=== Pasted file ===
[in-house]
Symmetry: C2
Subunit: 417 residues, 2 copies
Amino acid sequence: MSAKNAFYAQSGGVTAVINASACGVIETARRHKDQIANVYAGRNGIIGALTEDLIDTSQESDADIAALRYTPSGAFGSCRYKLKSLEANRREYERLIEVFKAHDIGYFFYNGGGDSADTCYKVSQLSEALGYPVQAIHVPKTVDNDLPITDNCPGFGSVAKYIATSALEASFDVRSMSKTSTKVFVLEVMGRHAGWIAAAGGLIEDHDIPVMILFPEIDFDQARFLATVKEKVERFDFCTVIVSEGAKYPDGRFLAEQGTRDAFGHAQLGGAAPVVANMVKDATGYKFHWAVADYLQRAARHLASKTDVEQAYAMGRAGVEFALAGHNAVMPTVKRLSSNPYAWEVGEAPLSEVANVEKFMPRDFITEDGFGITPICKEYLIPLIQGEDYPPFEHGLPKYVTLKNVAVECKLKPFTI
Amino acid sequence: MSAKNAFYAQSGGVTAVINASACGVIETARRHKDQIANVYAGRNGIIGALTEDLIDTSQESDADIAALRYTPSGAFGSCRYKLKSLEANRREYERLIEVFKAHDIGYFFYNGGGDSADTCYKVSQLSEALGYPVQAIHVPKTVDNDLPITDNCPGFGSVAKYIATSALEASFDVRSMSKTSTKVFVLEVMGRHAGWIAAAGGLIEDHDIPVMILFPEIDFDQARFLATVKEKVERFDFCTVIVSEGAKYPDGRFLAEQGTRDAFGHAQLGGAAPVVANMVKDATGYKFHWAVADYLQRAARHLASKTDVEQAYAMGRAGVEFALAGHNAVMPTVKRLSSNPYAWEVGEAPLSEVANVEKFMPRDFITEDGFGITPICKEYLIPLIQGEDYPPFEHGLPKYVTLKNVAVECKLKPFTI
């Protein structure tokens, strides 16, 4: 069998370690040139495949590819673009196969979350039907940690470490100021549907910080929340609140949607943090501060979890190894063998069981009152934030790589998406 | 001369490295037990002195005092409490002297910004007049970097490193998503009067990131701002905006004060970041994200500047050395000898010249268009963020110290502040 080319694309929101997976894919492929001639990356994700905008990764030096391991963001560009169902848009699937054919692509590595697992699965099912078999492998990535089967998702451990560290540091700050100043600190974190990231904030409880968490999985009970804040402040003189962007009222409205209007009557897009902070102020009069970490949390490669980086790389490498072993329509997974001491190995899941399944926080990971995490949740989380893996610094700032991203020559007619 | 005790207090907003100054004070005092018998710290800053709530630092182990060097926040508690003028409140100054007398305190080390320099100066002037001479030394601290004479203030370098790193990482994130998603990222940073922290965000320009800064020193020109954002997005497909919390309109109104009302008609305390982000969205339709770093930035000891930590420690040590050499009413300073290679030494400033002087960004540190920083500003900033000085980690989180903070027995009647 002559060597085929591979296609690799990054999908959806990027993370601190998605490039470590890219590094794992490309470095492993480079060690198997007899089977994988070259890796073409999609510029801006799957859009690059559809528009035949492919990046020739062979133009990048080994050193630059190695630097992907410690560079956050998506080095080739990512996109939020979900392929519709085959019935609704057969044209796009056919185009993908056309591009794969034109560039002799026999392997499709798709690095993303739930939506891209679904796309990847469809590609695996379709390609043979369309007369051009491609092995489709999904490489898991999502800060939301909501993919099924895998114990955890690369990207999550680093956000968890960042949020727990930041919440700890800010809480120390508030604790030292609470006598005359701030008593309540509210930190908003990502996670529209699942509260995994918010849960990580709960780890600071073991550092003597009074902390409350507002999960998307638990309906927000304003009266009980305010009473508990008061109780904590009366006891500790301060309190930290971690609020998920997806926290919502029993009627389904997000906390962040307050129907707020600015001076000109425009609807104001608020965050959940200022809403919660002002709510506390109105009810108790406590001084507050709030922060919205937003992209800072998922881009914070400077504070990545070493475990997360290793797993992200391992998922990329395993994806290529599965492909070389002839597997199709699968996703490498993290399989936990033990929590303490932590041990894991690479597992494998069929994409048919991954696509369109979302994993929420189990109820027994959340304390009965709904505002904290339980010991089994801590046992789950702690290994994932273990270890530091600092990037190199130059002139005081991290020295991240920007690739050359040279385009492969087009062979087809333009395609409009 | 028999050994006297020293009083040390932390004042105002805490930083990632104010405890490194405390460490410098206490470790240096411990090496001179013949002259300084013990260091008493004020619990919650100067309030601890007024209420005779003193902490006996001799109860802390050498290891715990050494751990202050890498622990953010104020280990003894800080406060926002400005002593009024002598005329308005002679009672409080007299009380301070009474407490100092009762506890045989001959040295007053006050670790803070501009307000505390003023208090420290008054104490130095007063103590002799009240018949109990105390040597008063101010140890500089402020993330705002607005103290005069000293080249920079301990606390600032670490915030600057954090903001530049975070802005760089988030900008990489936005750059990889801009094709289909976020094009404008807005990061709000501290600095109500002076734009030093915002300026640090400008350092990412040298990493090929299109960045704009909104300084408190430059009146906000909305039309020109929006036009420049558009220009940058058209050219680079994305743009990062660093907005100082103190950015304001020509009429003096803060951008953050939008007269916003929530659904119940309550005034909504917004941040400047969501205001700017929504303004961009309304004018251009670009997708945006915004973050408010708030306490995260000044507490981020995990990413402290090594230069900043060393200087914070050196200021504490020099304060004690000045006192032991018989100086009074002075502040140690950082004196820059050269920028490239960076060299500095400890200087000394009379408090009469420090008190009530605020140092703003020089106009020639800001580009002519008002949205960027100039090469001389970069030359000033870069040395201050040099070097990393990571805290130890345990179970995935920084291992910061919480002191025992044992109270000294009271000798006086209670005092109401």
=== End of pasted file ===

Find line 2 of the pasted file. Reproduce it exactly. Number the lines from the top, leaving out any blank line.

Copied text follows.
Symmetry: C2